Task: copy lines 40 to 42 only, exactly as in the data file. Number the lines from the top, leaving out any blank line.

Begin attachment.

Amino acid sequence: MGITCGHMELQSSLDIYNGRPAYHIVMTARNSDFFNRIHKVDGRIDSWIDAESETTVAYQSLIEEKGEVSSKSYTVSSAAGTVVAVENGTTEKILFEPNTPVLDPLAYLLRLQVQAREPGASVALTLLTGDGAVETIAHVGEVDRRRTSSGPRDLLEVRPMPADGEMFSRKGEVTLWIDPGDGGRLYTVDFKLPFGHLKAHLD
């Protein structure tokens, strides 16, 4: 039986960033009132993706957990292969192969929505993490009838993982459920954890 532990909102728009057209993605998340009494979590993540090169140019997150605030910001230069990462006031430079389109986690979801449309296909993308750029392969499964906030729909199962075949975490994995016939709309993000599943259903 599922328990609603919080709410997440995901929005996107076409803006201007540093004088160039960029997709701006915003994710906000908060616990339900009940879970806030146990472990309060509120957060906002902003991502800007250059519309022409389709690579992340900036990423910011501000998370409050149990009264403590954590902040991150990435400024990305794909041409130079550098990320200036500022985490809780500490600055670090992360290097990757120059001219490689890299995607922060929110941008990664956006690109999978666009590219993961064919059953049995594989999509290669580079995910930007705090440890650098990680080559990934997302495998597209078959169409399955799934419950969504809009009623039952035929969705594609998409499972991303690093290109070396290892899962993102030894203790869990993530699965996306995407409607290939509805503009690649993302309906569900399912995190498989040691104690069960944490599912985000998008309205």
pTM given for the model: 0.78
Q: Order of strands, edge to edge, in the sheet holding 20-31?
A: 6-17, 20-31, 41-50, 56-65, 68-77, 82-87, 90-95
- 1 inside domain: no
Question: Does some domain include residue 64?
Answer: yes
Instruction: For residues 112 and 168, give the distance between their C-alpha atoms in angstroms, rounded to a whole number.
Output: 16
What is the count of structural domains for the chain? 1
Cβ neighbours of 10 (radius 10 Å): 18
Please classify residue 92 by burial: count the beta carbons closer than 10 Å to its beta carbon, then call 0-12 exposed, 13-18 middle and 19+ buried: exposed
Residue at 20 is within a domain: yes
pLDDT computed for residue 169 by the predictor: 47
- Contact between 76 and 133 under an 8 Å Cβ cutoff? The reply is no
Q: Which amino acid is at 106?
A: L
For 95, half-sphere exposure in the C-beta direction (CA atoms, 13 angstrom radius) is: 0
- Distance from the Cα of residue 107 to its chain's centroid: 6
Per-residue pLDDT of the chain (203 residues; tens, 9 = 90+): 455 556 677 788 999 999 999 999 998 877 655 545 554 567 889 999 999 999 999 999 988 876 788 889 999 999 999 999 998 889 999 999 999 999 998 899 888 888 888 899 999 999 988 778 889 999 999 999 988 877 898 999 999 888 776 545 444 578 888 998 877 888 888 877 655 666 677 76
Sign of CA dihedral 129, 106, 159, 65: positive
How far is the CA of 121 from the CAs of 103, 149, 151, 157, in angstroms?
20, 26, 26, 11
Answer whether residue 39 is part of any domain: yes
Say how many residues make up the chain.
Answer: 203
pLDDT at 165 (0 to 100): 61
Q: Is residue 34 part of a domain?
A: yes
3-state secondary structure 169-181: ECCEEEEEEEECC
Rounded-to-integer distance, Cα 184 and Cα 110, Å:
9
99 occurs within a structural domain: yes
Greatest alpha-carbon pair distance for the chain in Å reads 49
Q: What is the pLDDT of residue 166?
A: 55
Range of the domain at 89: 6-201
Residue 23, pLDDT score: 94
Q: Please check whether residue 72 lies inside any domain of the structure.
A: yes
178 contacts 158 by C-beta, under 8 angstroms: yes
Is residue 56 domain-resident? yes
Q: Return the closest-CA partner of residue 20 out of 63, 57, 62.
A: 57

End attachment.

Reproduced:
Q: Please check whether residue 72 lies inside any domain of the structure.
A: yes
178 contacts 158 by C-beta, under 8 angstroms: yes